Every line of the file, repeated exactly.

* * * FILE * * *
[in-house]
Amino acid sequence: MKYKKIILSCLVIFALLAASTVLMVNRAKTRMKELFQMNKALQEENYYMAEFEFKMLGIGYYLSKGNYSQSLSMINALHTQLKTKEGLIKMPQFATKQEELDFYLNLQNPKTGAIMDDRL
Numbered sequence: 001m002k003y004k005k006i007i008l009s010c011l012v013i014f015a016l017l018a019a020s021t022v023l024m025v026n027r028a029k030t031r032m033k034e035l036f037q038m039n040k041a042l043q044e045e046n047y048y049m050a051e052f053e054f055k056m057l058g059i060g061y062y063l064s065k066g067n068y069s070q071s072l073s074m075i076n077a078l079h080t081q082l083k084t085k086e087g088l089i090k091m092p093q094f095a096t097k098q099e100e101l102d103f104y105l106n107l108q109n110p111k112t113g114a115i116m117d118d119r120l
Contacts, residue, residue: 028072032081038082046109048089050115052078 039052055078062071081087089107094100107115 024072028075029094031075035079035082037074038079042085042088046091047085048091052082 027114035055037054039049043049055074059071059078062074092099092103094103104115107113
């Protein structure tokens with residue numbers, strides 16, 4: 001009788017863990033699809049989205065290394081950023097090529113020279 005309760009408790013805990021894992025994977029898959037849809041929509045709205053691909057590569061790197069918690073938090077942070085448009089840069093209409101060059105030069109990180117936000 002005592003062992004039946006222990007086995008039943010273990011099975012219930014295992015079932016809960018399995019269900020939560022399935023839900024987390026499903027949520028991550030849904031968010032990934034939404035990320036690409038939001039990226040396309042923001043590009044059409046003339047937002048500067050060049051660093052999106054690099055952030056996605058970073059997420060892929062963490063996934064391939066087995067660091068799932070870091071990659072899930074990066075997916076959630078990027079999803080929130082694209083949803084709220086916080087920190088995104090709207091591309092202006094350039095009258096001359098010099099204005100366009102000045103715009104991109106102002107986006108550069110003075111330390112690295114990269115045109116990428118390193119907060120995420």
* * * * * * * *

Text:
[in-house]
Amino acid sequence: MKYKKIILSCLVIFALLAASTVLMVNRAKTRMKELFQMNKALQEENYYMAEFEFKMLGIGYYLSKGNYSQSLSMINALHTQLKTKEGLIKMPQFATKQEELDFYLNLQNPKTGAIMDDRL
Numbered sequence: 001m002k003y004k005k006i007i008l009s010c011l012v013i014f015a016l017l018a019a020s021t022v023l024m025v026n027r028a029k030t031r032m033k034e035l036f037q038m039n040k041a042l043q044e045e046n047y048y049m050a051e052f053e054f055k056m057l058g059i060g061y062y063l064s065k066g067n068y069s070q071s072l073s074m075i076n077a078l079h080t081q082l083k084t085k086e087g088l089i090k091m092p093q094f095a096t097k098q099e100e101l102d103f104y105l106n107l108q109n110p111k112t113g114a115i116m117d118d119r120l
Contacts, residue, residue: 028072032081038082046109048089050115052078 039052055078062071081087089107094100107115 024072028075029094031075035079035082037074038079042085042088046091047085048091052082 027114035055037054039049043049055074059071059078062074092099092103094103104115107113
């Protein structure tokens with residue numbers, strides 16, 4: 001009788017863990033699809049989205065290394081950023097090529113020279 005309760009408790013805990021894992025994977029898959037849809041929509045709205053691909057590569061790197069918690073938090077942070085448009089840069093209409101060059105030069109990180117936000 002005592003062992004039946006222990007086995008039943010273990011099975012219930014295992015079932016809960018399995019269900020939560022399935023839900024987390026499903027949520028991550030849904031968010032990934034939404035990320036690409038939001039990226040396309042923001043590009044059409046003339047937002048500067050060049051660093052999106054690099055952030056996605058970073059997420060892929062963490063996934064391939066087995067660091068799932070870091071990659072899930074990066075997916076959630078990027079999803080929130082694209083949803084709220086916080087920190088995104090709207091591309092202006094350039095009258096001359098010099099204005100366009102000045103715009104991109106102002107986006108550069110003075111330390112690295114990269115045109116990428118390193119907060120995420």